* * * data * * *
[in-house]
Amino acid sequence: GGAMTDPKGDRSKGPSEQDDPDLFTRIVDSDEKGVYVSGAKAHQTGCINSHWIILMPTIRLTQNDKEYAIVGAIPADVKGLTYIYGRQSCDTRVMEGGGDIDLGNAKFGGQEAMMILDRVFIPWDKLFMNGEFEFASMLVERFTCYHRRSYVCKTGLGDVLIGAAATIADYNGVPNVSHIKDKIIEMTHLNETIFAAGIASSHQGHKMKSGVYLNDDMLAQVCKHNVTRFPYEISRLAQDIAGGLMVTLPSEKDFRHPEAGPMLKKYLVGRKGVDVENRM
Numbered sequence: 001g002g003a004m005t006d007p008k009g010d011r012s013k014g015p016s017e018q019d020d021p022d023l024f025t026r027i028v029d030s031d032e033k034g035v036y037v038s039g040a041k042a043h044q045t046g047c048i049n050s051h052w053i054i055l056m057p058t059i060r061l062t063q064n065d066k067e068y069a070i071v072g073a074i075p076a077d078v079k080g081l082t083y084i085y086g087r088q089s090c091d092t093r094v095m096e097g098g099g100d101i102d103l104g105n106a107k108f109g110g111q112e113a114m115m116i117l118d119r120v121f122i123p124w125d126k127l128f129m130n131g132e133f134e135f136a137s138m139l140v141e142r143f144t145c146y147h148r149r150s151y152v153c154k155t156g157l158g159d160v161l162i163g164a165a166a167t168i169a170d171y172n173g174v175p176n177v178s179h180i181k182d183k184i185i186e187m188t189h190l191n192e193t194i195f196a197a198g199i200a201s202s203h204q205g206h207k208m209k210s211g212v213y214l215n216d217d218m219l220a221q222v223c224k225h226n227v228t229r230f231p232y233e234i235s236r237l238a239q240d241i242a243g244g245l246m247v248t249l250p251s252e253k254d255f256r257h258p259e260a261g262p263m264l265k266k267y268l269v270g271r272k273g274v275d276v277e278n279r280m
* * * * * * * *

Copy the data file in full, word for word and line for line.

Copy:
[in-house]
Amino acid sequence: GGAMTDPKGDRSKGPSEQDDPDLFTRIVDSDEKGVYVSGAKAHQTGCINSHWIILMPTIRLTQNDKEYAIVGAIPADVKGLTYIYGRQSCDTRVMEGGGDIDLGNAKFGGQEAMMILDRVFIPWDKLFMNGEFEFASMLVERFTCYHRRSYVCKTGLGDVLIGAAATIADYNGVPNVSHIKDKIIEMTHLNETIFAAGIASSHQGHKMKSGVYLNDDMLAQVCKHNVTRFPYEISRLAQDIAGGLMVTLPSEKDFRHPEAGPMLKKYLVGRKGVDVENRM
Numbered sequence: 001g002g003a004m005t006d007p008k009g010d011r012s013k014g015p016s017e018q019d020d021p022d023l024f025t026r027i028v029d030s031d032e033k034g035v036y037v038s039g040a041k042a043h044q045t046g047c048i049n050s051h052w053i054i055l056m057p058t059i060r061l062t063q064n065d066k067e068y069a070i071v072g073a074i075p076a077d078v079k080g081l082t083y084i085y086g087r088q089s090c091d092t093r094v095m096e097g098g099g100d101i102d103l104g105n106a107k108f109g110g111q112e113a114m115m116i117l118d119r120v121f122i123p124w125d126k127l128f129m130n131g132e133f134e135f136a137s138m139l140v141e142r143f144t145c146y147h148r149r150s151y152v153c154k155t156g157l158g159d160v161l162i163g164a165a166a167t168i169a170d171y172n173g174v175p176n177v178s179h180i181k182d183k184i185i186e187m188t189h190l191n192e193t194i195f196a197a198g199i200a201s202s203h204q205g206h207k208m209k210s211g212v213y214l215n216d217d218m219l220a221q222v223c224k225h226n227v228t229r230f231p232y233e234i235s236r237l238a239q240d241i242a243g244g245l246m247v248t249l250p251s252e253k254d255f256r257h258p259e260a261g262p263m264l265k266k267y268l269v270g271r272k273g274v275d276v277e278n279r280m